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Last Updated: Saturday, 2 October, 2004, 13:01 GMT 14:01 UK
Voters' views: Shankar Iyer
In the run up to the American presidential elections we will be asking a panel of voters to share their views on the key issues. Here they give their opinion on Thursday's debate between US President George W Bush and his Democratic challenger John Kerry.

Linda Alston:
Madison, Wisconsin

Jim Hill:
Sudbury, Mass.

Laura Stietz:
Sidney, New York
Jorge Caspary:
Tallahassee, Florida

Shankar Iyer:
Fairfax, Virginia

Gary Webb
Gary Webb:
Sacramento, C'fornia

Shankar Iyer

Name: Shankar Iyer
Age: 53
Lives: Fairfax, Virginia
Works: Business Professor
In 10 words or less: "University Professor, humanitarian, Democrat"
Kerry came out on the offensive and from the beginning of the debate had George W Bush on the defensive.

The first presidential debate served to highlight the clear differences between Senator Kerry's approach of combining strength with wisdom, and Presidential Bush's belief in a unilateral "shoot from the hip" approach.

Kerry reiterated the need for building broad consensus and coalitions and using war only as a last resort when all other options had been exhausted.

He also stressed the need to stay focused on the key threats - of terrorism, nuclear proliferation and the possibility of nuclear material getting into the hands of terrorists.

He emphasised the consistency in his message and approach and underscored the need to adapt to changing ground conditions in war.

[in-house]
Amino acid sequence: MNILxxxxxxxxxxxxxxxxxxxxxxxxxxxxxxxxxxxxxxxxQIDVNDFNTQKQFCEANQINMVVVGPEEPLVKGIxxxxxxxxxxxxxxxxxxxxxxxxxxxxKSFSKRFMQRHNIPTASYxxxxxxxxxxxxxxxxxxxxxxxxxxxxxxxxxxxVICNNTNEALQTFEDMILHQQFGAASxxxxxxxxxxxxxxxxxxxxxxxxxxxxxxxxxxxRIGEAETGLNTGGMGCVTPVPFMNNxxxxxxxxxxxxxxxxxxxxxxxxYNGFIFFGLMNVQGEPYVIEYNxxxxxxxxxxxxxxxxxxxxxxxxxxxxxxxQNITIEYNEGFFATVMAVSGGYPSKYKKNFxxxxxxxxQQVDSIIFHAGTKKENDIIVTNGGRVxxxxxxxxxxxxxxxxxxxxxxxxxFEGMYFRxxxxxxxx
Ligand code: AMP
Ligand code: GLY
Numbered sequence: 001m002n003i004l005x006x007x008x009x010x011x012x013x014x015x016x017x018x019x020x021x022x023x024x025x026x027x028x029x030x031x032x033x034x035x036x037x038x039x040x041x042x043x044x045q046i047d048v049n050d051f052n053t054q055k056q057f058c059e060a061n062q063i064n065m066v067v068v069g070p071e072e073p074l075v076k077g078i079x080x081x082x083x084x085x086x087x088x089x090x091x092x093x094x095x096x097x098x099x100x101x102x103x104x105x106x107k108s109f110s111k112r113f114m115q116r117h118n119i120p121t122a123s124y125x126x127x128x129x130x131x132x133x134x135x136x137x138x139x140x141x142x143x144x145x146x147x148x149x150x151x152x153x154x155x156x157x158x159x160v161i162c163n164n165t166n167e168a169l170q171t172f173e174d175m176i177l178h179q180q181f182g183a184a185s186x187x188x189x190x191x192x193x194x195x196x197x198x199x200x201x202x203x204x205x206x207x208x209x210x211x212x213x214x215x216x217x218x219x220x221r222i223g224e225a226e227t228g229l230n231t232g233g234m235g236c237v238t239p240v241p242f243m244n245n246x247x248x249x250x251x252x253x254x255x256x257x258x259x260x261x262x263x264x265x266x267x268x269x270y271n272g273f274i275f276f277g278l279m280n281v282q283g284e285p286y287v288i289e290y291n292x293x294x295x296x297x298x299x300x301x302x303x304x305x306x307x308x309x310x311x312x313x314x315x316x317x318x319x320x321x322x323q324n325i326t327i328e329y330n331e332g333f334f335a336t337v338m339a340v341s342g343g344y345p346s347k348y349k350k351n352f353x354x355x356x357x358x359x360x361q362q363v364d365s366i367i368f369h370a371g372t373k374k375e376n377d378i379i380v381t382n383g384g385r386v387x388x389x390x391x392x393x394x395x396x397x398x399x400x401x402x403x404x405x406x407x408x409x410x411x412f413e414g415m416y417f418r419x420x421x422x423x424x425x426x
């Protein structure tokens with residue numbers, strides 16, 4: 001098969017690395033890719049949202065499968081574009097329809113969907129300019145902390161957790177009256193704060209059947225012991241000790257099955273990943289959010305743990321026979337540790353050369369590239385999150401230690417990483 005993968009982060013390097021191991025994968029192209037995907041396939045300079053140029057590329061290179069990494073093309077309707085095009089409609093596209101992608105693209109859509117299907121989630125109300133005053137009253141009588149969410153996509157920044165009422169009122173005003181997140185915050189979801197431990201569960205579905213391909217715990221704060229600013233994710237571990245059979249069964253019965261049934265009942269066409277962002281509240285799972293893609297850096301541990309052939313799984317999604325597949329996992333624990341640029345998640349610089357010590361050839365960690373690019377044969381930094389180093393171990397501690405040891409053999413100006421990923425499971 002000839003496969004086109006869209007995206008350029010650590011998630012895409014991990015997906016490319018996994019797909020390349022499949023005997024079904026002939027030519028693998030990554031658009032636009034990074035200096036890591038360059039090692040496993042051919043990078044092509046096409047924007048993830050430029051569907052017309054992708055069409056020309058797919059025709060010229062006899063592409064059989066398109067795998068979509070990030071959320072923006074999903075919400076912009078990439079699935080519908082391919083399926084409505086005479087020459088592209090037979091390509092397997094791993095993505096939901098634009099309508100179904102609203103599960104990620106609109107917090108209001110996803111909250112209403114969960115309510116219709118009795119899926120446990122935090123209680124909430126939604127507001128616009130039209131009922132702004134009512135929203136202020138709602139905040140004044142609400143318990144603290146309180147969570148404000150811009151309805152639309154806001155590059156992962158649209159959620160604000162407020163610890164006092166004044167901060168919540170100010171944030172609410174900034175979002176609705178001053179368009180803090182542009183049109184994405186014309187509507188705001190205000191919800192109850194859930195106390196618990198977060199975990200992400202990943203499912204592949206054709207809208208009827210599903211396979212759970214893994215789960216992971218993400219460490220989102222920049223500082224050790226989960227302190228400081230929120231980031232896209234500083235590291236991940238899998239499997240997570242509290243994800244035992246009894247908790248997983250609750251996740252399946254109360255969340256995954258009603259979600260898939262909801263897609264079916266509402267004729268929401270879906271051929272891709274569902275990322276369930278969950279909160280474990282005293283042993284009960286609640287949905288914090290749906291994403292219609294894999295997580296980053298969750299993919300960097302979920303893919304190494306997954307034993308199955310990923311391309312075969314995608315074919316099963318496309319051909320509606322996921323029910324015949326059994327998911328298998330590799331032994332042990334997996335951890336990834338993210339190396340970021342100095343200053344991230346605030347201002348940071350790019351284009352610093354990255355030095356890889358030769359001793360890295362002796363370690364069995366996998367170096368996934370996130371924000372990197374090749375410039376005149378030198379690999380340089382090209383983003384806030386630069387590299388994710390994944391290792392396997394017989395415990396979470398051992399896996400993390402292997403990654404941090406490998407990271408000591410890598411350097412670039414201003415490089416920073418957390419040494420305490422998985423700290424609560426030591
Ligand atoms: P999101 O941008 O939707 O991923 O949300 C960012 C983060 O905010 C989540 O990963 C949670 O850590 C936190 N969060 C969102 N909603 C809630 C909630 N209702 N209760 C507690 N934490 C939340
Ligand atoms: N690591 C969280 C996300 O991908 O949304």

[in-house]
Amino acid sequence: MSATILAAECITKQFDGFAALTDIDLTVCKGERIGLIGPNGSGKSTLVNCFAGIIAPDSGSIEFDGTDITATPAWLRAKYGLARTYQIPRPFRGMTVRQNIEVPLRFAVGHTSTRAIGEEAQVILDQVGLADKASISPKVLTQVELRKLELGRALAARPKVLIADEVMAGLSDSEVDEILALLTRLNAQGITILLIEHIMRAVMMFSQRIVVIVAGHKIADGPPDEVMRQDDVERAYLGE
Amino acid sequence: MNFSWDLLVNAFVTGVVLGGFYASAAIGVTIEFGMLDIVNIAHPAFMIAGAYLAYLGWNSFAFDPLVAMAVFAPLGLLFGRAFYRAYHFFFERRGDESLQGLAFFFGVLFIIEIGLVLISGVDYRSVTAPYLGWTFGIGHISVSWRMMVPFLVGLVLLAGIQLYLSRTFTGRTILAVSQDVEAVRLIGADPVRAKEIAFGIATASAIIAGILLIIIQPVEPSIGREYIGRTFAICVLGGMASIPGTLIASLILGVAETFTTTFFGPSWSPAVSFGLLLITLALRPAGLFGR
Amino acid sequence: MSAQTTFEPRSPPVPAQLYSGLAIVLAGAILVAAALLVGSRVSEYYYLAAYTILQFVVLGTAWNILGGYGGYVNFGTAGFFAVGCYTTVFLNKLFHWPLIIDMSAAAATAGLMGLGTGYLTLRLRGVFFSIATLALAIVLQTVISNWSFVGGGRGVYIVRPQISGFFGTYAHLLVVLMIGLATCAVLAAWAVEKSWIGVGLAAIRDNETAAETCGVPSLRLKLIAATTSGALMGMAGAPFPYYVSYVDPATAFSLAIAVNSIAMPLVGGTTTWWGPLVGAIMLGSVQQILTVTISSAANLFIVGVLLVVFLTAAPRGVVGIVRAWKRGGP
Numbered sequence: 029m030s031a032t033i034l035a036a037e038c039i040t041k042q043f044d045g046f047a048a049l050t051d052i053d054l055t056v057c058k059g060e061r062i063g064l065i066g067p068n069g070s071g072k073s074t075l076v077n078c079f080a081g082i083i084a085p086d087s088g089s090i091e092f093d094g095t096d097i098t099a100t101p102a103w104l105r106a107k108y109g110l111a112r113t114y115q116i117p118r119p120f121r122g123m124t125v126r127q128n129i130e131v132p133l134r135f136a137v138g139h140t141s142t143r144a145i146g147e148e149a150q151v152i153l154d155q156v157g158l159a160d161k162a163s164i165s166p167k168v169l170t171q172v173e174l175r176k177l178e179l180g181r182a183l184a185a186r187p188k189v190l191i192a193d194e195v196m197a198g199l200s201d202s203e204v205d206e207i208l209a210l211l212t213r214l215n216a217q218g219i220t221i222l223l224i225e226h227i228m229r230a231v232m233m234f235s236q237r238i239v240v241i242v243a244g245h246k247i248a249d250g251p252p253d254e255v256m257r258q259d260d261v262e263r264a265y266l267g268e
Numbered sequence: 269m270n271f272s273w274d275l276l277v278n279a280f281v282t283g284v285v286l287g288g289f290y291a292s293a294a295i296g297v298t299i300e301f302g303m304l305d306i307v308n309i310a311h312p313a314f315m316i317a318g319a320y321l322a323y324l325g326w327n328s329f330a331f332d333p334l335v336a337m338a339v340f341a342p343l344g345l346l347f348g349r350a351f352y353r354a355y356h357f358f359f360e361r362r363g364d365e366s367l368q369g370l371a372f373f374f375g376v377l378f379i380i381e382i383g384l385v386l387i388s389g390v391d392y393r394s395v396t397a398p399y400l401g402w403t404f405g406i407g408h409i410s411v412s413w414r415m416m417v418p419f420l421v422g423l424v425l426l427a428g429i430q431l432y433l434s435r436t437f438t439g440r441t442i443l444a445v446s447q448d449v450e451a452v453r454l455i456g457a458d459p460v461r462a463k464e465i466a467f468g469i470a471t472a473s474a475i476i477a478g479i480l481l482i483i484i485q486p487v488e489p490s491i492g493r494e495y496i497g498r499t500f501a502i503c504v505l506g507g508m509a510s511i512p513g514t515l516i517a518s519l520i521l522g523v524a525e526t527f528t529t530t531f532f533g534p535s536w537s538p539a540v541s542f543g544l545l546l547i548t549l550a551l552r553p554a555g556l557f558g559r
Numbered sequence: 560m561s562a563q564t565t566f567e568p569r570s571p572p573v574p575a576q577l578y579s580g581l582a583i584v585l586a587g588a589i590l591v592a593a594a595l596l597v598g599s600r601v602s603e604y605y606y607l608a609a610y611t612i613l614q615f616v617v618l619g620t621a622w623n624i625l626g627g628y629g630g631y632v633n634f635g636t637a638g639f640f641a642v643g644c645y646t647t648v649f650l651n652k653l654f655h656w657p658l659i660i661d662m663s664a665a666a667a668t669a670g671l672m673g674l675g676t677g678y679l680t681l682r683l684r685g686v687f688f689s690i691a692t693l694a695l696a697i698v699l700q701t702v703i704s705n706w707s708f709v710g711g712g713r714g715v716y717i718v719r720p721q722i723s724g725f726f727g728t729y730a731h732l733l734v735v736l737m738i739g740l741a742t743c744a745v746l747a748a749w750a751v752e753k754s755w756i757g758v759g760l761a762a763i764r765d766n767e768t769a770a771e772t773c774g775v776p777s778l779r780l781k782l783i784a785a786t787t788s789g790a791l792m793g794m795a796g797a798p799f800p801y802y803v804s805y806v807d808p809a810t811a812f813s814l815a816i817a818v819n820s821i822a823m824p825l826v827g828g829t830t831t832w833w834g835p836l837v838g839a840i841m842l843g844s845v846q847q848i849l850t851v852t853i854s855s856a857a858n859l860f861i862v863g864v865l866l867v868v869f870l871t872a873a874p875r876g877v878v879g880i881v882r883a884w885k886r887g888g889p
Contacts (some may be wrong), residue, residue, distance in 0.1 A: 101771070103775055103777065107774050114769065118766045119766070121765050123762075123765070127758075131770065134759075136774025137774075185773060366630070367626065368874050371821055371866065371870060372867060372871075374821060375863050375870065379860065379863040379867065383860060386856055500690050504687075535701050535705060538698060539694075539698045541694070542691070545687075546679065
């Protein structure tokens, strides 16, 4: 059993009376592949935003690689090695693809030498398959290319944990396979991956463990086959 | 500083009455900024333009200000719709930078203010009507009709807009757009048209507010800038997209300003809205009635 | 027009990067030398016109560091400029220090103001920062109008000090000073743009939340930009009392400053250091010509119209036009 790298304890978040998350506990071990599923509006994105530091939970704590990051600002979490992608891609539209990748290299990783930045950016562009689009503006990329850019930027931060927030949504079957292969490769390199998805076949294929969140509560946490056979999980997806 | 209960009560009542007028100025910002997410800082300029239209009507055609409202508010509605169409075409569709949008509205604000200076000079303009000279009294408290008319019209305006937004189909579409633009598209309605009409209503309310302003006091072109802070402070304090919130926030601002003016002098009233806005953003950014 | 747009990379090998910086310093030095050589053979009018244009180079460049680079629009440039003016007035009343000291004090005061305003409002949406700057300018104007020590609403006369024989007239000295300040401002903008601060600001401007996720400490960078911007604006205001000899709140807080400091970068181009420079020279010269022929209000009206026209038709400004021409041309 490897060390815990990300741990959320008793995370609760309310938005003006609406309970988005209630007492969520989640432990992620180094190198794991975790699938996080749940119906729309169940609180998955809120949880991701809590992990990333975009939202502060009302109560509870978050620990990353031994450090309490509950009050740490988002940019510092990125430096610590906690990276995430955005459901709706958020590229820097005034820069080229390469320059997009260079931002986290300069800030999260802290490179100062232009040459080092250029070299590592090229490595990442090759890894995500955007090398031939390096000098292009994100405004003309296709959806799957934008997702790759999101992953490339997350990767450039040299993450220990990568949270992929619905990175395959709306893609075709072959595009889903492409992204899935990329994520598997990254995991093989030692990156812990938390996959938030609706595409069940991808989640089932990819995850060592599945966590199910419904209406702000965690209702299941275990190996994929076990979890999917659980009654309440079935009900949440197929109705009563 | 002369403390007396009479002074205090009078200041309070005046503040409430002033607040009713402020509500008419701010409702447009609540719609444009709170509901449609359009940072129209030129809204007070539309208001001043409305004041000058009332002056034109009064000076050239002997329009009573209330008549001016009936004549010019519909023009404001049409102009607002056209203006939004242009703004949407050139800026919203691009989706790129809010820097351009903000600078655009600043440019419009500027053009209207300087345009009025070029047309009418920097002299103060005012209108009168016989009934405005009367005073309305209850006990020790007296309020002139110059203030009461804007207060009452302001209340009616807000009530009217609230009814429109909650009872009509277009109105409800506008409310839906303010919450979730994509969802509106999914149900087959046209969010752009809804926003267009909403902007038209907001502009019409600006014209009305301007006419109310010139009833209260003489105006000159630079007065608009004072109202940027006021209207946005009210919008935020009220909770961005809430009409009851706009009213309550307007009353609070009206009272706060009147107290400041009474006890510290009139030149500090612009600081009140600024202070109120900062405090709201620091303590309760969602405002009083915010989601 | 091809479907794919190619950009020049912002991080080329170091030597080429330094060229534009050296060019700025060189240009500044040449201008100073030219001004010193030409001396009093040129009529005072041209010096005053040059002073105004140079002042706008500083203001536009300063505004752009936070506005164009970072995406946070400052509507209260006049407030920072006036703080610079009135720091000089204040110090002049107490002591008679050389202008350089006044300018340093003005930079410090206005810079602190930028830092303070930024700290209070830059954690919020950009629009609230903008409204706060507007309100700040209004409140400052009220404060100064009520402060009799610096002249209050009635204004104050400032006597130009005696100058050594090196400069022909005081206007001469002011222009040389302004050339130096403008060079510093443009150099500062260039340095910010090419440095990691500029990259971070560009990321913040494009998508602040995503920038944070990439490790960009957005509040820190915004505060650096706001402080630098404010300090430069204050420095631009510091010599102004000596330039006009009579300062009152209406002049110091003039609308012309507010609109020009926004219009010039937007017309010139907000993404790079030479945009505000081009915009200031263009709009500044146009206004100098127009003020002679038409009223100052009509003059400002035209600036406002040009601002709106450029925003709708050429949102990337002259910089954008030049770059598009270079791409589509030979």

Bush seemed to spend more time accusing Kerry of sending mixed messages rather than debate the issues. Kerry aptly characterised Bush's plan to be a four word plan - more of the same.

Our panel - Where they live

It was clear Kerry had much better command of the subjects discussed and he seemed a lot more at ease.

Bush had moments when he seemed to be at a loss for words, or just confused.

In sum, Kerry offered a message of change for the better - make America once again strong within and respected among the nations of the world.

Bush claimed he knew how to fight the war on terror and staying the course was the right answer.

As a patriotic American who believes the aggression on Iraq is immoral, illegal and unnecessary - and one who is looking for a better alternative -I believe Kerry articulated that well in this debate.

In my view, Kerry won the debate, with sound ideas and a clear, resolute commitment to leading America in a change for the better.

Send us your comments on Shankar's views using the form below.

Some of you expressed a concern for President Bush's ingnorance and Mr Iyer said that Kerry had a better grasp of many topics. Kerry is a smooth public speaker, but do not confuse that with understanding. Kerry proved to me that he does not understand Iraq or coalition building. Calling for troops to leave in six months is irresponsible. His claim to clean up Russia's nuclear stockpile in four years is laughable. He argues for unilateral action with North Korea rather than using North Korea's neighbours to talk it down. Was not this Kerry's complaint against Bush about Iraq? The US did this for 12 years, but the fact is largely ignored. Please, get a basic understanding of military operations and diplomacy. Bush was frustrated during the debate. He offered answers. Kerry spouted idealistic platitudes. I want a president who will listen to those around him and find solutions, not just talk a good talk.